Guidance for Industry, Clinical Investigators, Institutional Review Boards
Food and Drug Administration Staff
The pivotal stage of device development, says the FDA, focuses on developing what people need to know to evaluate the safety and effectiveness of a product. The pivotal stage usually consists of one or more pivotal studies. In other words, the FDA acknowledges that development happens in loops and cycles; that development is an iterative process.
James Bach emphasized this in his talk The Dirty Secret of Formal Testing and it’s an important point in RST. Development is an iterative process because at the beginning of any cycle of work, we don’t know for sure what all the requirements are; what they mean; what we can get; and how we might decide that we’ve got it. We don’t really know that until we’ve until we’ve tested the product… and we don’t know how to test the product until we’ve tried to test the product!
Just like developing automated checks, developing formally scripted test cases is an informal process. You don’t follow a script when you’re interpreting a specification; when you’re having a conversation with a developer or a designer; when you’re exploring the product and the test space to figure out where checking might be useful or important. You don’t follow a script when you recognize a new way of using tools to learn something about the product, and apply them. And you don’t follow a script when you investigate bugs that you’ve found—either during informal testing or the formal testing that might follow it.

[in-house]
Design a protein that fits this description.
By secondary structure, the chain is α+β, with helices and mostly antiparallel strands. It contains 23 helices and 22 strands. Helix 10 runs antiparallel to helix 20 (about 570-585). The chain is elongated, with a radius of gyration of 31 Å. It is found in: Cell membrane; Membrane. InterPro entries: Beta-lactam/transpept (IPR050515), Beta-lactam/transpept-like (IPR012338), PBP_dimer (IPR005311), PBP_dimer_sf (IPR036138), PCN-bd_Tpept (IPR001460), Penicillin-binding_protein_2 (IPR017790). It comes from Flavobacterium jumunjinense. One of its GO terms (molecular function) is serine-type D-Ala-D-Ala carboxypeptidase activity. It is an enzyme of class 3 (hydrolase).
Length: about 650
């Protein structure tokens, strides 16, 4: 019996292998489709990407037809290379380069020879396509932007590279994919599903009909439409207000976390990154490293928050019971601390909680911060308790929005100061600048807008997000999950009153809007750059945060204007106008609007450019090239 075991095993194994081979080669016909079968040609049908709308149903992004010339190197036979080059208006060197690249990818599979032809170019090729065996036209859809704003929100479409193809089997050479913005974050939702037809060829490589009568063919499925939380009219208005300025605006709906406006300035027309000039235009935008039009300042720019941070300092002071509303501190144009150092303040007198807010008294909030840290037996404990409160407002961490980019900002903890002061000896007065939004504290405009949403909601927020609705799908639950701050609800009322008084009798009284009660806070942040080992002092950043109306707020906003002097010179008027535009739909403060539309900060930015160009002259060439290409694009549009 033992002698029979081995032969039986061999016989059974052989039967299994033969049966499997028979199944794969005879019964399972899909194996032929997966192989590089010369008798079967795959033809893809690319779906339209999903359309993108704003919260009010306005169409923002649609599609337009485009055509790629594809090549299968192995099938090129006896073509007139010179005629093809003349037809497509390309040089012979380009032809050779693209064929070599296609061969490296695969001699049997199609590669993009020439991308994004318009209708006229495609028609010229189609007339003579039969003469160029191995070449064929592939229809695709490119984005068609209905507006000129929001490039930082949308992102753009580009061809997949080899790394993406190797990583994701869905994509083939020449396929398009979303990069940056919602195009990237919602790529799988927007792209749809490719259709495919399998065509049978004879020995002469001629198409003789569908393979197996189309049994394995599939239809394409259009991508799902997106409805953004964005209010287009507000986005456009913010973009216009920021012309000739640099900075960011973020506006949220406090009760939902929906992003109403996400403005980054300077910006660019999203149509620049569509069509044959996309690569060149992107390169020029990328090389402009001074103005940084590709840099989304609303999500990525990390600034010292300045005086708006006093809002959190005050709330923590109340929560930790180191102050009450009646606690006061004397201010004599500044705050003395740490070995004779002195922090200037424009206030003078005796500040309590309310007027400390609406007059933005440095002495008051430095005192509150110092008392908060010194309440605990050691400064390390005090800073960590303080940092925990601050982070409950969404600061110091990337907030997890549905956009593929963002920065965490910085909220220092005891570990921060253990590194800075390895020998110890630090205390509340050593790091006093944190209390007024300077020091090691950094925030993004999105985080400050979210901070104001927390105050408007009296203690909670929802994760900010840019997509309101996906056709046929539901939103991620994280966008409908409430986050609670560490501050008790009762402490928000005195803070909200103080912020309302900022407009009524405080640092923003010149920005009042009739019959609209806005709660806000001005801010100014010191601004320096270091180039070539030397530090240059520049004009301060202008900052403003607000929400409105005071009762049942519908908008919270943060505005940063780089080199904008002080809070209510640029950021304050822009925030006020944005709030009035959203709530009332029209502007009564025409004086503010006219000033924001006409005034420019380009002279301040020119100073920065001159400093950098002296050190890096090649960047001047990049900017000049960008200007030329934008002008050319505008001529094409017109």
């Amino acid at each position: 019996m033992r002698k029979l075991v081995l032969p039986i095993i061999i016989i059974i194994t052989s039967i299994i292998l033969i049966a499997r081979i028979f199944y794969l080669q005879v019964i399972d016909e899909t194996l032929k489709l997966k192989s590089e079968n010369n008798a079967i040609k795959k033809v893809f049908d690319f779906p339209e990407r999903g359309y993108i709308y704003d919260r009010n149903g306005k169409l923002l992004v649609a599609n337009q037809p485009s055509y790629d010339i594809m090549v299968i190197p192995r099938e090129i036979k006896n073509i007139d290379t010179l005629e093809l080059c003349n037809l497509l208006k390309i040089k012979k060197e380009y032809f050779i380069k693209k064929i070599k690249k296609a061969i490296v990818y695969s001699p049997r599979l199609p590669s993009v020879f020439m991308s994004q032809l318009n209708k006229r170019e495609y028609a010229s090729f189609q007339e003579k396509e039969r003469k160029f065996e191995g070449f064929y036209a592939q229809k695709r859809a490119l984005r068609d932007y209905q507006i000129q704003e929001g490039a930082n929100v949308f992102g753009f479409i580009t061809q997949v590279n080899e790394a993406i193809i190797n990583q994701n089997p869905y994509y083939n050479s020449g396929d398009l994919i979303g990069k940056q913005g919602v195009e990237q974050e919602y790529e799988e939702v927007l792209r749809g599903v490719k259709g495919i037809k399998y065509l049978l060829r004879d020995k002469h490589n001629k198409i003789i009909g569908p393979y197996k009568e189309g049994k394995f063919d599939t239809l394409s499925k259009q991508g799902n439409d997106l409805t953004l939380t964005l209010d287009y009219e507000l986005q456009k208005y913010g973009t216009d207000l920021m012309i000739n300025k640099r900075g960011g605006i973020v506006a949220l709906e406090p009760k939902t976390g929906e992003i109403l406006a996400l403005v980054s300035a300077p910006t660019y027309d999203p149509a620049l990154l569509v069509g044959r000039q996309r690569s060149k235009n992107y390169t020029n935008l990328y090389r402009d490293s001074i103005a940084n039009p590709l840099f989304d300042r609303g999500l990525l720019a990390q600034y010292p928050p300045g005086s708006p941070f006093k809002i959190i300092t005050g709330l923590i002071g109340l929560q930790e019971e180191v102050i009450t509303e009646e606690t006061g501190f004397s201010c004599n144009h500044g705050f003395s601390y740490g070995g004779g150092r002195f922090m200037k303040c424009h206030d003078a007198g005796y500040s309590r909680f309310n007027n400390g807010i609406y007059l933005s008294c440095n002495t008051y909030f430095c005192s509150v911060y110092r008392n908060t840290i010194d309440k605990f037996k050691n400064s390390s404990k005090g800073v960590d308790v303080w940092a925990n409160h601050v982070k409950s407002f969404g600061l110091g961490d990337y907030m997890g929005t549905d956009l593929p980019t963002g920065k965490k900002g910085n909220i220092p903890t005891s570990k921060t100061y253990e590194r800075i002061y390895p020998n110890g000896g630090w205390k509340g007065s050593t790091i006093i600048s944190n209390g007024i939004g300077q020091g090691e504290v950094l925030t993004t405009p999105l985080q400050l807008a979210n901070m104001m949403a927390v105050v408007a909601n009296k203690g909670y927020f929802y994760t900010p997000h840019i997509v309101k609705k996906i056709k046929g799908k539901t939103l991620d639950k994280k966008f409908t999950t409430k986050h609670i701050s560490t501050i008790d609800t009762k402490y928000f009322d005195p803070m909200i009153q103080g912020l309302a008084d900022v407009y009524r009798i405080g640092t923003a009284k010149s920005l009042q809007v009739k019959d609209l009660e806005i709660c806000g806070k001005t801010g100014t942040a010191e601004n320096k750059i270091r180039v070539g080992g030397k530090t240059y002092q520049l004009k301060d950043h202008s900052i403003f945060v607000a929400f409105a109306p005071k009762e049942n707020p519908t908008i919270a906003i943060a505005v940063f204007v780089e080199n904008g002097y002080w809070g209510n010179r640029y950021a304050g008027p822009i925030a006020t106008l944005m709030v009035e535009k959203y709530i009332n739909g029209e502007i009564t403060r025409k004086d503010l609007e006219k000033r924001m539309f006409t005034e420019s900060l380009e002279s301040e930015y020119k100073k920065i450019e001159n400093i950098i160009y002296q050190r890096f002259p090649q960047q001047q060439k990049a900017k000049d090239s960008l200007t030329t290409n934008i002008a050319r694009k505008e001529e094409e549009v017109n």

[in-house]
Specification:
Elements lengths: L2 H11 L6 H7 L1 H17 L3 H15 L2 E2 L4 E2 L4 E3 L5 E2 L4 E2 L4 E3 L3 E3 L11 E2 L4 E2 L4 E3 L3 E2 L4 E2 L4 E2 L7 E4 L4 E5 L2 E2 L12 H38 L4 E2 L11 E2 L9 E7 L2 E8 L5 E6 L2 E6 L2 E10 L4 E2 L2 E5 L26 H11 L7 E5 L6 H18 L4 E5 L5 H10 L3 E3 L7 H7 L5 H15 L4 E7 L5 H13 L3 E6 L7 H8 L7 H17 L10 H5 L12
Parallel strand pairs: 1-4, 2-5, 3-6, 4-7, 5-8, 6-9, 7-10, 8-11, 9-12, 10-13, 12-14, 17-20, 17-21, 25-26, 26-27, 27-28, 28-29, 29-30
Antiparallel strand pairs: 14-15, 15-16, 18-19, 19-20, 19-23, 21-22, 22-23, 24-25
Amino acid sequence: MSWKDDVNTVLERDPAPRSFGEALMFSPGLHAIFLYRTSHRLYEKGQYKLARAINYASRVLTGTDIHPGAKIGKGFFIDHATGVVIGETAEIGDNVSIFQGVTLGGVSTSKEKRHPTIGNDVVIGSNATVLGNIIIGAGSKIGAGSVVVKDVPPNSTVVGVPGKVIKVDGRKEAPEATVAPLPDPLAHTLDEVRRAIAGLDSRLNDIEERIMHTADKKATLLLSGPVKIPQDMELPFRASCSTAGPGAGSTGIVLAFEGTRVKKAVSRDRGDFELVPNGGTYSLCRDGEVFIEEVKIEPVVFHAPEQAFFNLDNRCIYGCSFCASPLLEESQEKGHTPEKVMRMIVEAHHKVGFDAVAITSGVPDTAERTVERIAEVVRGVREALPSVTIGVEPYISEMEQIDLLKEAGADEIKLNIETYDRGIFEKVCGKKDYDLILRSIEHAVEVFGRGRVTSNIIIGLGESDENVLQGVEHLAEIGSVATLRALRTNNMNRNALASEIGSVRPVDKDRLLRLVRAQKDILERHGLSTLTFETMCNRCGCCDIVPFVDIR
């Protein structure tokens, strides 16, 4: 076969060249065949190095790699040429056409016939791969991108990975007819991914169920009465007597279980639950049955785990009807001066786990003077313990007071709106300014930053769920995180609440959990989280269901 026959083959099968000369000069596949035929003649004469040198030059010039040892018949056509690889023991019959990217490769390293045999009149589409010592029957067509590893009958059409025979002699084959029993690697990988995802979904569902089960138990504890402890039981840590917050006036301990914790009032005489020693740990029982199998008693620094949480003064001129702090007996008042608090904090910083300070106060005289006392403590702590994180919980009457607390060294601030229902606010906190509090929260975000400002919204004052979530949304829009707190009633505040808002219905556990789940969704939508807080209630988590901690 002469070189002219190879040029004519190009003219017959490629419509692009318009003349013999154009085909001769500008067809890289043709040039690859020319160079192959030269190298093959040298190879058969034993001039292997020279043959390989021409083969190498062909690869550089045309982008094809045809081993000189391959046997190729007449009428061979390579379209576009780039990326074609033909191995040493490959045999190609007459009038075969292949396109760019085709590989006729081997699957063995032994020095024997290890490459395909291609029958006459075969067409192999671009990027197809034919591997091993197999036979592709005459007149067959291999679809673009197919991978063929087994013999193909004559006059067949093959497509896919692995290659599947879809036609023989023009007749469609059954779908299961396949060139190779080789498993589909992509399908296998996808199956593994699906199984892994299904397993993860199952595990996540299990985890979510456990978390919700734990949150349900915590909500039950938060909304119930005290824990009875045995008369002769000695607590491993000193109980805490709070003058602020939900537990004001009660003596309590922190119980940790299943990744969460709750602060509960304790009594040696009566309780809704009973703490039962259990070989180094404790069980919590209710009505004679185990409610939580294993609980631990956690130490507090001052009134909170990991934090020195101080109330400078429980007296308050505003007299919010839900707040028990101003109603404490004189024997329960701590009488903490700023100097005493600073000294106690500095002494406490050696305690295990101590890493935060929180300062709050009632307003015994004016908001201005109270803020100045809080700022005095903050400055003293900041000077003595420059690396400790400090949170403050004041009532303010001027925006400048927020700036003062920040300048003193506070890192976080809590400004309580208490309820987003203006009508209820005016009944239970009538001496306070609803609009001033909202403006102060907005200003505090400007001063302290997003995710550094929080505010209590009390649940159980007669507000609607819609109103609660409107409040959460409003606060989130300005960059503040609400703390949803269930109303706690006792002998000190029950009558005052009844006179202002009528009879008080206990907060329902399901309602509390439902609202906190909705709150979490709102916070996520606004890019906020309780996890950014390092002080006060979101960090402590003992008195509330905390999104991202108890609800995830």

If you try to develop formal procedural test cases without testing the actual product, they stand a good chance of being out of sync with it. The dirty secret of formal testing is that all good formal testing begins with informal testing.
It might be a very good idea for programmers to develop some automated checks that helps them with the discipline of building clean code and getting rapid feedback on it. It’s also a good idea for developers, designers, testers, and business people to develop clear ideas about intentions for a product, envisioning success. It might also be a good idea to develop some automated checks above the unit level and apply them to the build process—but not too many and certainly not too early. The beginning of the work is usually a terrible time for excessive formalization.
Which brings us to the second big reason to perform informal testing continuously throughout any project: to address the risk that our formal testing to date will fail to reveal how the product might disappoint customers; lose someone’s money; blow something up; or hurt or kill people. We must be open to discovery, and to performing the testing and investigation that supports it, all the way throughout the project, because neither epiphanies nor bugs follow scripts or schedules.
The overarching mission of testing is focused on a question: “are there problems that threaten the value of the product, or the on-time, successful completion of our work?” That’s not a question that formal testing can ever answer on its own. Fixation on automated checks or test cases runs the risk of displacing time for experimentation, exploration, discovery, and learning.
Next time, we’ll look at an example of breaking test case addiction on a real medical device project. Stay tuned.